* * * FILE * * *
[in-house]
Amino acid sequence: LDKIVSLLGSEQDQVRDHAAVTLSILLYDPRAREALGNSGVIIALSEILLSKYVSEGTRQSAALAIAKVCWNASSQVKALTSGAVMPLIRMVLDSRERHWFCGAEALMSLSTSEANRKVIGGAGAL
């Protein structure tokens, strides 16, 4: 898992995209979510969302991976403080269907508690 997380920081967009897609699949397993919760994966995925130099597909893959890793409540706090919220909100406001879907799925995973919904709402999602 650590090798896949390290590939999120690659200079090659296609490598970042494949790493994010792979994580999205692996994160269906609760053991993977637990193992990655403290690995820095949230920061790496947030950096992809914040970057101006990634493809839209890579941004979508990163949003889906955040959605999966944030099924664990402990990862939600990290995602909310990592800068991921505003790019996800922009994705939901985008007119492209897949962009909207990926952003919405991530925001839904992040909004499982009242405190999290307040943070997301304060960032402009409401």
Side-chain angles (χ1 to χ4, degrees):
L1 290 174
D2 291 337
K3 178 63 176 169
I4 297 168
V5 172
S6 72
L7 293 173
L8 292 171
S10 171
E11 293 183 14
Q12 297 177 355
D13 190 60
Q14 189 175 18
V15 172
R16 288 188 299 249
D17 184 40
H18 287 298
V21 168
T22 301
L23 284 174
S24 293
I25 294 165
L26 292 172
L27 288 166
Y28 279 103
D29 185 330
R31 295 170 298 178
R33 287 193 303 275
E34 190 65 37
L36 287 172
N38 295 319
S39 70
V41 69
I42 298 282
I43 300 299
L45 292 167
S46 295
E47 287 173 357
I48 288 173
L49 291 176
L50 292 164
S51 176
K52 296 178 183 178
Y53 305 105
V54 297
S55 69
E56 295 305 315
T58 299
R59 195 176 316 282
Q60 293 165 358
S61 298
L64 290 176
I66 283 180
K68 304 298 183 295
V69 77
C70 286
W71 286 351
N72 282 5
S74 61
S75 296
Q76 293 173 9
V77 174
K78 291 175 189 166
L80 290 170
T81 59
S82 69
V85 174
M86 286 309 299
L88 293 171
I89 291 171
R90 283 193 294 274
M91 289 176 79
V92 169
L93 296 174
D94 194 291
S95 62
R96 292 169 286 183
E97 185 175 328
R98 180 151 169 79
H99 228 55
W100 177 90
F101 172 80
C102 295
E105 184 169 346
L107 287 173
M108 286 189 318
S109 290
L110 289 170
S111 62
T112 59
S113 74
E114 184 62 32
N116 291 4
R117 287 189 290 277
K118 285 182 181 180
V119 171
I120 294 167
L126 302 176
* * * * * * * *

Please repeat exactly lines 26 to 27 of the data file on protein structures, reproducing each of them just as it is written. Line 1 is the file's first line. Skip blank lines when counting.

I25 294 165
L26 292 172